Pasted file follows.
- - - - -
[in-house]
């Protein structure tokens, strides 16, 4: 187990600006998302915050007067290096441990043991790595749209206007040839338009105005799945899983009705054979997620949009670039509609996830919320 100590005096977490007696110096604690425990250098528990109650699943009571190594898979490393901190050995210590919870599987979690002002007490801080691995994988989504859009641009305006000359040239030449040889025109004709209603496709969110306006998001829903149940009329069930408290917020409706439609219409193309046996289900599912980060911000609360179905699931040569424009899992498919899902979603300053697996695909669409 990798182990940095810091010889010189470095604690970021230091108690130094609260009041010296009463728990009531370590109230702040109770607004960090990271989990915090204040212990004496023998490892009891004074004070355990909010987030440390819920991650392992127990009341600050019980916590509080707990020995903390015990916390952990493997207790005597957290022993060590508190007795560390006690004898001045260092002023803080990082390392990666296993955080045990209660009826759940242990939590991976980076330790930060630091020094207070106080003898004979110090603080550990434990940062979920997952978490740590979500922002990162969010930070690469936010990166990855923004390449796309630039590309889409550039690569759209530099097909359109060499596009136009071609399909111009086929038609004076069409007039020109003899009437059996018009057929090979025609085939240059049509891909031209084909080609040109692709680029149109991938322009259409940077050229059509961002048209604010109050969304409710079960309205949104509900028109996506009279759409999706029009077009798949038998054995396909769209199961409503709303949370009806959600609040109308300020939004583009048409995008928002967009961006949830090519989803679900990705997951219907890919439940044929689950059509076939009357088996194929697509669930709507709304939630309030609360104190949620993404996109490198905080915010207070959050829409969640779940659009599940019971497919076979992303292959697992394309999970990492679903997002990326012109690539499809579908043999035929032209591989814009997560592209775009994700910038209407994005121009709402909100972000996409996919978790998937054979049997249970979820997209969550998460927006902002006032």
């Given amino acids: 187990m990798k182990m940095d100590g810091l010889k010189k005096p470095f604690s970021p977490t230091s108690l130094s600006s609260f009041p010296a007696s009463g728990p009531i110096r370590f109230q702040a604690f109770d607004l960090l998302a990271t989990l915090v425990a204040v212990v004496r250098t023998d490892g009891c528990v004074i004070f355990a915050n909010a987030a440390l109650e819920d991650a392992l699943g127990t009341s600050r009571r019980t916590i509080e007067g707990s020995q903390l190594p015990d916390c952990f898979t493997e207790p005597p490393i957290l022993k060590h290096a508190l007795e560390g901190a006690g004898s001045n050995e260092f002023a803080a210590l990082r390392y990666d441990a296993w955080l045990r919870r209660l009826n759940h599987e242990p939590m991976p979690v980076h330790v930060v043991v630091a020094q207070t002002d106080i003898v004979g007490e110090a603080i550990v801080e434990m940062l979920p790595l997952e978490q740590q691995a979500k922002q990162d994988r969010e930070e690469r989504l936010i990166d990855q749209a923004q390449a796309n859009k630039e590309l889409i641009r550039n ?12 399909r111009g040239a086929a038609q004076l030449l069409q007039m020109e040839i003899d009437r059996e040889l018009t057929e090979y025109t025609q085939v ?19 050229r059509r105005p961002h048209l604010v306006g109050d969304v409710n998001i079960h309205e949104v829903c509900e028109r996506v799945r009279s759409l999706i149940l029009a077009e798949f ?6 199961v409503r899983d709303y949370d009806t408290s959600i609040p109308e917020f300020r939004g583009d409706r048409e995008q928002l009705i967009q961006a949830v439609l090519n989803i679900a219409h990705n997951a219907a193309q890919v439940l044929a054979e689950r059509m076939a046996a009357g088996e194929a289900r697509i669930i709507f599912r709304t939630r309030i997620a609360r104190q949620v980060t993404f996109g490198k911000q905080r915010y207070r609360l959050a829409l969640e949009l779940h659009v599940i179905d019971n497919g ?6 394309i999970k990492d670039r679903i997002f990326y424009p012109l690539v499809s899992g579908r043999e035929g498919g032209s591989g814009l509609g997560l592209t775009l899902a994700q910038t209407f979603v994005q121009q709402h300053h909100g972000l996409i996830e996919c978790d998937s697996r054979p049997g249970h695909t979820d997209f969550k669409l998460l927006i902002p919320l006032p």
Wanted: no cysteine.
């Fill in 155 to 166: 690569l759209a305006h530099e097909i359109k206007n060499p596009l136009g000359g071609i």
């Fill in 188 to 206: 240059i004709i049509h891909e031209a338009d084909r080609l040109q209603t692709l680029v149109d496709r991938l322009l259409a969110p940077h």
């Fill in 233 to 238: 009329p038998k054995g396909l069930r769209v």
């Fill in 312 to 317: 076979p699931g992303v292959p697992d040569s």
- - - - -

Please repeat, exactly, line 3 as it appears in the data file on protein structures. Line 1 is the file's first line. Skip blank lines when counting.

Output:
């Given amino acids: 187990m990798k182990m940095d100590g810091l010889k010189k005096p470095f604690s970021p977490t230091s108690l130094s600006s609260f009041p010296a007696s009463g728990p009531i110096r370590f109230q702040a604690f109770d607004l960090l998302a990271t989990l915090v425990a204040v212990v004496r250098t023998d490892g009891c528990v004074i004070f355990a915050n909010a987030a440390l109650e819920d991650a392992l699943g127990t009341s600050r009571r019980t916590i509080e007067g707990s020995q903390l190594p015990d916390c952990f898979t493997e207790p005597p490393i957290l022993k060590h290096a508190l007795e560390g901190a006690g004898s001045n050995e260092f002023a803080a210590l990082r390392y990666d441990a296993w955080l045990r919870r209660l009826n759940h599987e242990p939590m991976p979690v980076h330790v930060v043991v630091a020094q207070t002002d106080i003898v004979g007490e110090a603080i550990v801080e434990m940062l979920p790595l997952e978490q740590q691995a979500k922002q990162d994988r969010e930070e690469r989504l936010i990166d990855q749209a923004q390449a796309n859009k630039e590309l889409i641009r550039n ?12 399909r111009g040239a086929a038609q004076l030449l069409q007039m020109e040839i003899d009437r059996e040889l018009t057929e090979y025109t025609q085939v ?19 050229r059509r105005p961002h048209l604010v306006g109050d969304v409710n998001i079960h309205e949104v829903c509900e028109r996506v799945r009279s759409l999706i149940l029009a077009e798949f ?6 199961v409503r899983d709303y949370d009806t408290s959600i609040p109308e917020f300020r939004g583009d409706r048409e995008q928002l009705i967009q961006a949830v439609l090519n989803i679900a219409h990705n997951a219907a193309q890919v439940l044929a054979e689950r059509m076939a046996a009357g088996e194929a289900r697509i669930i709507f599912r709304t939630r309030i997620a609360r104190q949620v980060t993404f996109g490198k911000q905080r915010y207070r609360l959050a829409l969640e949009l779940h659009v599940i179905d019971n497919g ?6 394309i999970k990492d670039r679903i997002f990326y424009p012109l690539v499809s899992g579908r043999e035929g498919g032209s591989g814009l509609g997560l592209t775009l899902a994700q910038t209407f979603v994005q121009q709402h300053h909100g972000l996409i996830e996919c978790d998937s697996r054979p049997g249970h695909t979820d997209f969550k669409l998460l927006i902002p919320l006032p």